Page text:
Ryanair has said it will appeal today's final decision by the UK's competition watchdog ordering it to sell the bulk of its 29.8% stake in Aer Lingus.
Describing the decision as "ridiculous", Ryanair said it would appeal the order to the Competition Appeal Tribunal.
Earlier today, the Competition and Markets Authority said it was not good for competition when one airline could decide if a bid for its major competitor succeeded or failed.
In a statement, the CMA said the International Airlines Group bid for Aer Lingus was an important part of the decision to require Ryanair to reduce its shareholding.
In February, Ryanair had requested that the CMA re-examine its decision to require it to sell its near 30% stake in Aer Lingus down to 5%.
This followed a judgment from the UK Court of Appeal dismissing Ryanair's legal challenge to this decision.
Simon Polito, Chairman of the Ryanair/Aer Lingus inquiry group, said that IAG's bid for Aer Lingus was dependent on securing Ryanair's agreement to sell its shareholding.
"This recent development illustrates that Ryanair can decide whether a bid for its major competitor on UK/Irish routes succeeds or fails," he said.
Mr Polito said this concern was an important part of the CMA's decision to require Ryanair to reduce its shareholding.
"It's not good for competition when one company holds such an influence over the future of one of its major competitors," he stated.
"Although at this point Ryanair has yet to decide whether to sell its shares to IAG, we need to ensure that, whatever happens in relation to this particular transaction, Ryanair's ability to hold sway over Aer Lingus is removed," he added.
In a statement today, Ryanair spokesman Robin Kiely said that the CMA's decision was "factually unsustainable and legally flawed as the IAG offer for Aer Lingus proceeds".
Mr Kiely described the decision as manifestly wrong and one which flies in the face of the current IAG offer.
He also accused the Authority of basing its decision on bogus theories and invented evidence.
"When the only basis for the CMA’s original divestment ruling was that Ryanair’s minority shareholding was or would prevent other airlines making an offer for Aer Lingus, the recent offers by IAG for Aer Lingus totally disprove and undermine the bogus theories and invented evidence on which the CMA based its untenable divestment ruling," he said.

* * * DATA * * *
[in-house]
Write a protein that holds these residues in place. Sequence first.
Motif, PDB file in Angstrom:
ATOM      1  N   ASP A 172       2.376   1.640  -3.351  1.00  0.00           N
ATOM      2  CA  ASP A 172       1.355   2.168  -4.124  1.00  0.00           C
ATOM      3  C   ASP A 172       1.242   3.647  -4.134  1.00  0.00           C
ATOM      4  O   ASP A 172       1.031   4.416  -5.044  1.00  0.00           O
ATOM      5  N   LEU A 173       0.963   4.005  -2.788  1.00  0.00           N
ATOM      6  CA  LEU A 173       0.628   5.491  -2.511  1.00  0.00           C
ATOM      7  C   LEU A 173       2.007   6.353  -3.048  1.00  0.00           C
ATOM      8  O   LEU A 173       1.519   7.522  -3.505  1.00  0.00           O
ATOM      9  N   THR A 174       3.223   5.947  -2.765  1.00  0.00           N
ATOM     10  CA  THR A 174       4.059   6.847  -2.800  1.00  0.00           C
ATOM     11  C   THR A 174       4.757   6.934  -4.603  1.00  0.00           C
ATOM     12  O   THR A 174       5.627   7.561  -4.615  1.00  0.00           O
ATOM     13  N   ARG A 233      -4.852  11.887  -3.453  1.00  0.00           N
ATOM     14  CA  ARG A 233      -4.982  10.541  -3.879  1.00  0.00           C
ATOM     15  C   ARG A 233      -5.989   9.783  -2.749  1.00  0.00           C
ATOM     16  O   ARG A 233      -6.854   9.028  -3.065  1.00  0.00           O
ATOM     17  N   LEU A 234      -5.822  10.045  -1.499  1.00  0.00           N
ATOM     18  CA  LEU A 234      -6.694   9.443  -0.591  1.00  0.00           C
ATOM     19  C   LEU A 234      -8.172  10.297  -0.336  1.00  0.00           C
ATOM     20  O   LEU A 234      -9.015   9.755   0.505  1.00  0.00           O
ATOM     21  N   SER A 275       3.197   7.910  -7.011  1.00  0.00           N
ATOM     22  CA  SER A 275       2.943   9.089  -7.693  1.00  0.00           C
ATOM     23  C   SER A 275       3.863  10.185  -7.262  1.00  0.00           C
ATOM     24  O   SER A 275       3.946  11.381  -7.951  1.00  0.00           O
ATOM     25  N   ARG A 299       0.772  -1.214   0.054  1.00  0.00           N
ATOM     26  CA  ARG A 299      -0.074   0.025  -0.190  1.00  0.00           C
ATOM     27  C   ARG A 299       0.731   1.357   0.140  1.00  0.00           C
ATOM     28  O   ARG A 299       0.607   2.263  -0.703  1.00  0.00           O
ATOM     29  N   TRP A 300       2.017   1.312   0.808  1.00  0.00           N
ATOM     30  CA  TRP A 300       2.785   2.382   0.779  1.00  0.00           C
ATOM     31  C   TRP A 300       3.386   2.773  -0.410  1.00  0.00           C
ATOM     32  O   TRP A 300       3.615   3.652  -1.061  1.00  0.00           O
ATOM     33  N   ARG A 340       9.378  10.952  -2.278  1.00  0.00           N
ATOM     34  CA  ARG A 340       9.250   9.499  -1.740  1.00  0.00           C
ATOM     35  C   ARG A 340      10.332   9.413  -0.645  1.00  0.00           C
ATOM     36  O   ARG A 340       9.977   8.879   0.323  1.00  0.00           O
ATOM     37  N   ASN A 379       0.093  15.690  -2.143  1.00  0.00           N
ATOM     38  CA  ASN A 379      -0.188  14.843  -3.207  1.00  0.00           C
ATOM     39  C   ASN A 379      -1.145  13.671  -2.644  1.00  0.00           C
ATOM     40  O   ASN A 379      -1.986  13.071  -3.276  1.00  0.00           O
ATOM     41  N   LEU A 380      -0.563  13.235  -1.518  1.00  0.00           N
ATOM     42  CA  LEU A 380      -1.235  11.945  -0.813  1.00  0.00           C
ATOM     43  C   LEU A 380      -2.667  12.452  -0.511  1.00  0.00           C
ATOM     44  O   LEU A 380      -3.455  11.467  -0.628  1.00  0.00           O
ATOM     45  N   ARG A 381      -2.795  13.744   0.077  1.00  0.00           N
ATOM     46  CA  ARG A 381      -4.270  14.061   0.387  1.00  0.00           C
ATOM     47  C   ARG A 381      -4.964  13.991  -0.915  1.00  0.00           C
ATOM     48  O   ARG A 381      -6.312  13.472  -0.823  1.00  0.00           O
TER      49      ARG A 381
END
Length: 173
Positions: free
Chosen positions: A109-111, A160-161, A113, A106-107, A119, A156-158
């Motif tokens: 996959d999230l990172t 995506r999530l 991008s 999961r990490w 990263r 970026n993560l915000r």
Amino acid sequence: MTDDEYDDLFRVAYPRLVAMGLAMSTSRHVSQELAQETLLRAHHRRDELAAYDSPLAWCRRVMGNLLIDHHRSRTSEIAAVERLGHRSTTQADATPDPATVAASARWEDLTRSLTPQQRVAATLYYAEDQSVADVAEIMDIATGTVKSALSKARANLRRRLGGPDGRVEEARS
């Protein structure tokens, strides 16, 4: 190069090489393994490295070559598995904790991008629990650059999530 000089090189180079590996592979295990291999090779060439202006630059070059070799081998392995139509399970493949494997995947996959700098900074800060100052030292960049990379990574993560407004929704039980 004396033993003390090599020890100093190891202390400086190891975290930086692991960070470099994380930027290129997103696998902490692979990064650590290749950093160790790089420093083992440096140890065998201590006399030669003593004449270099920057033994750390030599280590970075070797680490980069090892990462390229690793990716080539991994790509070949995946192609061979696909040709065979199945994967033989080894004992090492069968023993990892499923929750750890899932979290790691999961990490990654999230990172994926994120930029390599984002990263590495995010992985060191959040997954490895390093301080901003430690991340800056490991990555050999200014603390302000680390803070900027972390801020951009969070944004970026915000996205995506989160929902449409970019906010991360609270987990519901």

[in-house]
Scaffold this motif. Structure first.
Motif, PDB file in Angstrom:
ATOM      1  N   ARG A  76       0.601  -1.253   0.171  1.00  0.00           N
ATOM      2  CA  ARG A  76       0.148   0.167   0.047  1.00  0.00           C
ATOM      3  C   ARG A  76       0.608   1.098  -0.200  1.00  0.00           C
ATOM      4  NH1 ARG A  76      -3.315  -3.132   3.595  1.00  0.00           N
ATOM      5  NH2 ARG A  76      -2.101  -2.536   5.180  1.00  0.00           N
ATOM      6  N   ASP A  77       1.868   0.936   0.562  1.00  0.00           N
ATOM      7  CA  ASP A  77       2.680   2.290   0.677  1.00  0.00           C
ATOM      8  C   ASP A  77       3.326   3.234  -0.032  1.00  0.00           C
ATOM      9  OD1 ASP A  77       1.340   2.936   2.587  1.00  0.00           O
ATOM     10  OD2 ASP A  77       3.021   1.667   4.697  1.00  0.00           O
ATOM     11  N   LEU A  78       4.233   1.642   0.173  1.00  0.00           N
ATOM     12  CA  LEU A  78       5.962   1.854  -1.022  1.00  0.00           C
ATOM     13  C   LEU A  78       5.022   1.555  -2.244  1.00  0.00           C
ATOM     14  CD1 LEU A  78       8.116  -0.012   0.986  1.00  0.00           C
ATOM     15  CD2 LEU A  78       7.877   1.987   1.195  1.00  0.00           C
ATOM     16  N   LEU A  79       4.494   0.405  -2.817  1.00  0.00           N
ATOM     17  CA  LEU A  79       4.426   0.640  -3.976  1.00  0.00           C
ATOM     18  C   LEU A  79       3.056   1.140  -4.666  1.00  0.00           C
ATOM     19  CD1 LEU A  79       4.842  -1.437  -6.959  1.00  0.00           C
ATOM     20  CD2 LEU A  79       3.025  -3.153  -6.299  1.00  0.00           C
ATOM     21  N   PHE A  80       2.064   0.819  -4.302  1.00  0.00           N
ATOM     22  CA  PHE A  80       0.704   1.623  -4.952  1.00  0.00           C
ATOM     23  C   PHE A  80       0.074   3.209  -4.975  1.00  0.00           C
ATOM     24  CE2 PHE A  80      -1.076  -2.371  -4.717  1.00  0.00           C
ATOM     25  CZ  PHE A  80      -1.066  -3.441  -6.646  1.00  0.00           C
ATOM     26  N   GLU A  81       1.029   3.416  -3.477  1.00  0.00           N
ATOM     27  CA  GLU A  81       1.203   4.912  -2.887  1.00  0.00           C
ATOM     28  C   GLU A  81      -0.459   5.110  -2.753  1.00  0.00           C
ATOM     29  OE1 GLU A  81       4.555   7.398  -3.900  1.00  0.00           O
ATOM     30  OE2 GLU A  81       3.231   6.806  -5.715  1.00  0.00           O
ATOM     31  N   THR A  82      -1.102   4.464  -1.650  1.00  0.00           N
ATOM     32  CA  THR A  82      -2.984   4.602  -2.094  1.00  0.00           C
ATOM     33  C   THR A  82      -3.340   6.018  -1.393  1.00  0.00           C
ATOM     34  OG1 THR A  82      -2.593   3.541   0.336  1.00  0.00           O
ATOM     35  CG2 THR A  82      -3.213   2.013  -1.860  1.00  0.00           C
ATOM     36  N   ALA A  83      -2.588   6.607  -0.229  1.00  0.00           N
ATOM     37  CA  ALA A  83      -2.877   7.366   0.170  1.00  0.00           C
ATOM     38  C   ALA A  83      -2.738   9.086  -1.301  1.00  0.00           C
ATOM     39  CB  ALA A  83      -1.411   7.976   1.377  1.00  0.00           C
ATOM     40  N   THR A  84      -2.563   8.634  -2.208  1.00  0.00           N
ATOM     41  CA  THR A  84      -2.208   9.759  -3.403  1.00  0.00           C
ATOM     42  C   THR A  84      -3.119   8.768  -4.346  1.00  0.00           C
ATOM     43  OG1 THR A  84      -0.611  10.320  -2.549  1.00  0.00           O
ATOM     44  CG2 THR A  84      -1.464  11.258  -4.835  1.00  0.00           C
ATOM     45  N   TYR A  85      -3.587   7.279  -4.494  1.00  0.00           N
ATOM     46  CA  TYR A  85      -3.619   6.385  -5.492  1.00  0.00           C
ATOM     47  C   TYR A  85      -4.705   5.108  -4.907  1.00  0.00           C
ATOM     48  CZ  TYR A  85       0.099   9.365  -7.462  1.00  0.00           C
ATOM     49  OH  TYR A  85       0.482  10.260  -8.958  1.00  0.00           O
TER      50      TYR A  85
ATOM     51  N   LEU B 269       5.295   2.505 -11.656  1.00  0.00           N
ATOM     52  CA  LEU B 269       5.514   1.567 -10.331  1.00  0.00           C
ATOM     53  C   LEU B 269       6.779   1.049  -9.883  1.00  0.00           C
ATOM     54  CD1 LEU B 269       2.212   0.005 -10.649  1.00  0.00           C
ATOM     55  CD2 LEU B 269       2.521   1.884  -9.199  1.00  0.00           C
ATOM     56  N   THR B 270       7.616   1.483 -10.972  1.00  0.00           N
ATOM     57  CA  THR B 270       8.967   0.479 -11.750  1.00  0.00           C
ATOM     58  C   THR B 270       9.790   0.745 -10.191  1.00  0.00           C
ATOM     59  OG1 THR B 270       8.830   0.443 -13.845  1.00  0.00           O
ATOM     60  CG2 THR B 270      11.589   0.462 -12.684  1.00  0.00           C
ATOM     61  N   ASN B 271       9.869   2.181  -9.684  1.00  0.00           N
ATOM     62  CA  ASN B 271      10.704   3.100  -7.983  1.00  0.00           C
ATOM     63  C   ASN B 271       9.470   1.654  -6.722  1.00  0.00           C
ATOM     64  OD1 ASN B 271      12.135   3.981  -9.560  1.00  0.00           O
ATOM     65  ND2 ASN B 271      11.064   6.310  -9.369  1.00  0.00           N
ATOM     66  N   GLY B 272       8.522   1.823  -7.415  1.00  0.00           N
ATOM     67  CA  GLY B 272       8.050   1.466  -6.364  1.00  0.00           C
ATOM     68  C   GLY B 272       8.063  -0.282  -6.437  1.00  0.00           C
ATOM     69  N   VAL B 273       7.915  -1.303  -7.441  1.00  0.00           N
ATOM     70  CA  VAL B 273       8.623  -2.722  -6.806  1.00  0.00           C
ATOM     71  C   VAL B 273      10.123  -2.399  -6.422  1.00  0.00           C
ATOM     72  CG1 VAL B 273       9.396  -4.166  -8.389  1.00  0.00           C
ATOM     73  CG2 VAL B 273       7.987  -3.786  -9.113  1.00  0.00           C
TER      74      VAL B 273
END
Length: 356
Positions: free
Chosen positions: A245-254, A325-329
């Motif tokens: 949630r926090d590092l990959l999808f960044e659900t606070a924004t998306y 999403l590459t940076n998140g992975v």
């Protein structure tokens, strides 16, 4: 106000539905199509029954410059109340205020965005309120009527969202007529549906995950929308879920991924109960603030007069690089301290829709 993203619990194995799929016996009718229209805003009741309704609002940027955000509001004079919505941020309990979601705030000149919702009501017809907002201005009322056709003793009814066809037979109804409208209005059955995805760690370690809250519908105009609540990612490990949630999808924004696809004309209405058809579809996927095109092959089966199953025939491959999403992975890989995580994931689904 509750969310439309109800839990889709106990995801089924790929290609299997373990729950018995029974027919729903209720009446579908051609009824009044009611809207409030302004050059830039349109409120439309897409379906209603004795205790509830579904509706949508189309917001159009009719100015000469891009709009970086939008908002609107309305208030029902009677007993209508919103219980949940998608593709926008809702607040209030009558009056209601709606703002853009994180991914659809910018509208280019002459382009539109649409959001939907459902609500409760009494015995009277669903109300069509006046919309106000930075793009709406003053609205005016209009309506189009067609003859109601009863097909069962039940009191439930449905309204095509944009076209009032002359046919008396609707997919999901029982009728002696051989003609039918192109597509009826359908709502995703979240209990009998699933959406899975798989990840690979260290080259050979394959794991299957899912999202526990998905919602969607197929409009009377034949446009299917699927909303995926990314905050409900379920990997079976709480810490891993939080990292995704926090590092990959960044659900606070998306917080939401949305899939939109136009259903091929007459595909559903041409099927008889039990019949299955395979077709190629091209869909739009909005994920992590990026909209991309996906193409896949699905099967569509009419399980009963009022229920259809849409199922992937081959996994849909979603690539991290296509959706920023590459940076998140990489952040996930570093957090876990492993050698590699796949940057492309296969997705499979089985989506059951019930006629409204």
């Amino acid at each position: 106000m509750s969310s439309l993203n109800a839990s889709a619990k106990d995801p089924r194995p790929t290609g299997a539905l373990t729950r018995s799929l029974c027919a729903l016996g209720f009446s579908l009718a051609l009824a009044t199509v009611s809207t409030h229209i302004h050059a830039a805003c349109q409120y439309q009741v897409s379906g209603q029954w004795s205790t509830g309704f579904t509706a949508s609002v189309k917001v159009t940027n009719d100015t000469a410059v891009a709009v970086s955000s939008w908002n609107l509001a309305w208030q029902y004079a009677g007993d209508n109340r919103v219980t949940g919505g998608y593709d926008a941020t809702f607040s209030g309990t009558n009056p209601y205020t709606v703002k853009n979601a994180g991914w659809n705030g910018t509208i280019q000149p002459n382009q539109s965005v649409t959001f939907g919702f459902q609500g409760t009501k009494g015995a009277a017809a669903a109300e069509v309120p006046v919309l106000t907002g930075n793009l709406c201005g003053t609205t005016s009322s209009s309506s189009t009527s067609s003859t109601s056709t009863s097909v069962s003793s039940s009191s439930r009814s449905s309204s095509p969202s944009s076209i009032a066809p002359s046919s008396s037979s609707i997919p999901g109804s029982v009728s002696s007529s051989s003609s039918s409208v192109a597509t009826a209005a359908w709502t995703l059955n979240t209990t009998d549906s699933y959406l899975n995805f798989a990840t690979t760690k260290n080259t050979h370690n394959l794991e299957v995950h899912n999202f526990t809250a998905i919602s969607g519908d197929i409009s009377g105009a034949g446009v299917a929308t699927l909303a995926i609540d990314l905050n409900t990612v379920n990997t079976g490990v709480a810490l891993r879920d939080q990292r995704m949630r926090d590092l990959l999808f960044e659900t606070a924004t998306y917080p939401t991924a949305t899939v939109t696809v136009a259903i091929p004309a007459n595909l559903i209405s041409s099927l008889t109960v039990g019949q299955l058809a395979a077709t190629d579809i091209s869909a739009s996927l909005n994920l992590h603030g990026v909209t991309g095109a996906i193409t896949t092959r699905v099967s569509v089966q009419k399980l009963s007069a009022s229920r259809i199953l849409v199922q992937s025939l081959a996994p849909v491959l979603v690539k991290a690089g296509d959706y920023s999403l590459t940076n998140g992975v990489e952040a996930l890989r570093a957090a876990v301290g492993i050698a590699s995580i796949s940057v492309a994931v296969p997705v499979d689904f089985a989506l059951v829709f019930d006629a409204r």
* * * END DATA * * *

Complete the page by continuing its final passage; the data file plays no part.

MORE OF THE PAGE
"IAG’s current offer for Aer Lingus proves that the the CMA’s invented theory of harm was hopelessly wrong, and is now unsustainable given that the circumstances have manifestly changed, and accordingly the divestment remedy must be revoked in light of this compelling evidence," the Ryanair spokesman added.
No Ryanair decision on IAG bid until after EU ruling
Ryanair is unlikely to make a decision on whether to sell its near 30% stake in Aer Lingus until after the European Union competition authority makes a ruling on the deal, chief executive Michael O'Leary told Reuters today.
Mr O'Leary said he expected that IAG would submit its offer before the end of June.
But an EU competition probe could delay the decision by months.
"The EU approval I suspect would happen beforehand, because the IAG offer would be conditional on competition approval,"
Mr O'Leary told Reuters in an interview, when asked if he would wait for the EU before deciding on the sale.
"The offer would remain open until the EU had given competition approval," he added.
Mr O'Leary said he did not expect today's "final order" by Britain's competition and markets authority for Ryanair to sell most of its stake in Aer Lingus would impact on negotiations with IAG.
He said he thought legal action being planned by Ryanair "certainly rules out a forced divestment in the next 6-12 months."
He also refused to rule out a renegotiation of IAG's €2.55 per share offer price.
"There is always the potential that the price could change, but if the price changed it would change for all shareholders," he said.
IAG CEO Willie Walsh said in May that €2.55 was "the limit which we are prepared to offer" for Aer Lingus.